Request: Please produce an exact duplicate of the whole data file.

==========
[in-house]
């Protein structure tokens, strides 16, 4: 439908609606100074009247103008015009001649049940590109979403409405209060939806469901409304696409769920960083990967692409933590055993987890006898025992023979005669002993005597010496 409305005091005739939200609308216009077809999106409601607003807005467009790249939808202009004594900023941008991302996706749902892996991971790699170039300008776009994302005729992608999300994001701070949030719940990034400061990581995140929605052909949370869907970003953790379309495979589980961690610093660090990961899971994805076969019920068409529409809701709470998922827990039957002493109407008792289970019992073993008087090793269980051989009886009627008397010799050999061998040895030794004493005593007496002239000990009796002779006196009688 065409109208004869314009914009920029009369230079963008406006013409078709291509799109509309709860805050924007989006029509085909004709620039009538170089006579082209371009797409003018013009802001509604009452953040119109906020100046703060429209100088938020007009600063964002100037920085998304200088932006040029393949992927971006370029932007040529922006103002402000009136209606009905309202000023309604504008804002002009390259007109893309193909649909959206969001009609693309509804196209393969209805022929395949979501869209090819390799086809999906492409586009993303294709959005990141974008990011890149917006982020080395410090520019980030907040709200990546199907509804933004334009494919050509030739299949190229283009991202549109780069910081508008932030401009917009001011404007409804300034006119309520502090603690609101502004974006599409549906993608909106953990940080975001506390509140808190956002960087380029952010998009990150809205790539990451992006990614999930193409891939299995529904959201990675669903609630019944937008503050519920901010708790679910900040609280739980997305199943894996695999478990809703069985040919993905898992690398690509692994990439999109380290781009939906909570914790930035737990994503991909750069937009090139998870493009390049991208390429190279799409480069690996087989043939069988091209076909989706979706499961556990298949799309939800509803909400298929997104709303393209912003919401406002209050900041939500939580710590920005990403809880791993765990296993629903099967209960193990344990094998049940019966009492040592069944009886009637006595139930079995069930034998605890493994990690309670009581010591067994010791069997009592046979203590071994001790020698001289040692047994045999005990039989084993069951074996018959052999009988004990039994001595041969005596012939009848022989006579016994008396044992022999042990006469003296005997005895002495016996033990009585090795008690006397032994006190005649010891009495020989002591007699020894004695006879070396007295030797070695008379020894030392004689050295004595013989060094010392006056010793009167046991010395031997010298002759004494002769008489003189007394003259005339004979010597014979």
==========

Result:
[in-house]
């Protein structure tokens, strides 16, 4: 439908609606100074009247103008015009001649049940590109979403409405209060939806469901409304696409769920960083990967692409933590055993987890006898025992023979005669002993005597010496 409305005091005739939200609308216009077809999106409601607003807005467009790249939808202009004594900023941008991302996706749902892996991971790699170039300008776009994302005729992608999300994001701070949030719940990034400061990581995140929605052909949370869907970003953790379309495979589980961690610093660090990961899971994805076969019920068409529409809701709470998922827990039957002493109407008792289970019992073993008087090793269980051989009886009627008397010799050999061998040895030794004493005593007496002239000990009796002779006196009688 065409109208004869314009914009920029009369230079963008406006013409078709291509799109509309709860805050924007989006029509085909004709620039009538170089006579082209371009797409003018013009802001509604009452953040119109906020100046703060429209100088938020007009600063964002100037920085998304200088932006040029393949992927971006370029932007040529922006103002402000009136209606009905309202000023309604504008804002002009390259007109893309193909649909959206969001009609693309509804196209393969209805022929395949979501869209090819390799086809999906492409586009993303294709959005990141974008990011890149917006982020080395410090520019980030907040709200990546199907509804933004334009494919050509030739299949190229283009991202549109780069910081508008932030401009917009001011404007409804300034006119309520502090603690609101502004974006599409549906993608909106953990940080975001506390509140808190956002960087380029952010998009990150809205790539990451992006990614999930193409891939299995529904959201990675669903609630019944937008503050519920901010708790679910900040609280739980997305199943894996695999478990809703069985040919993905898992690398690509692994990439999109380290781009939906909570914790930035737990994503991909750069937009090139998870493009390049991208390429190279799409480069690996087989043939069988091209076909989706979706499961556990298949799309939800509803909400298929997104709303393209912003919401406002209050900041939500939580710590920005990403809880791993765990296993629903099967209960193990344990094998049940019966009492040592069944009886009637006595139930079995069930034998605890493994990690309670009581010591067994010791069997009592046979203590071994001790020698001289040692047994045999005990039989084993069951074996018959052999009988004990039994001595041969005596012939009848022989006579016994008396044992022999042990006469003296005997005895002495016996033990009585090795008690006397032994006190005649010891009495020989002591007699020894004695006879070396007295030797070695008379020894030392004689050295004595013989060094010392006056010793009167046991010395031997010298002759004494002769008489003189007394003259005339004979010597014979």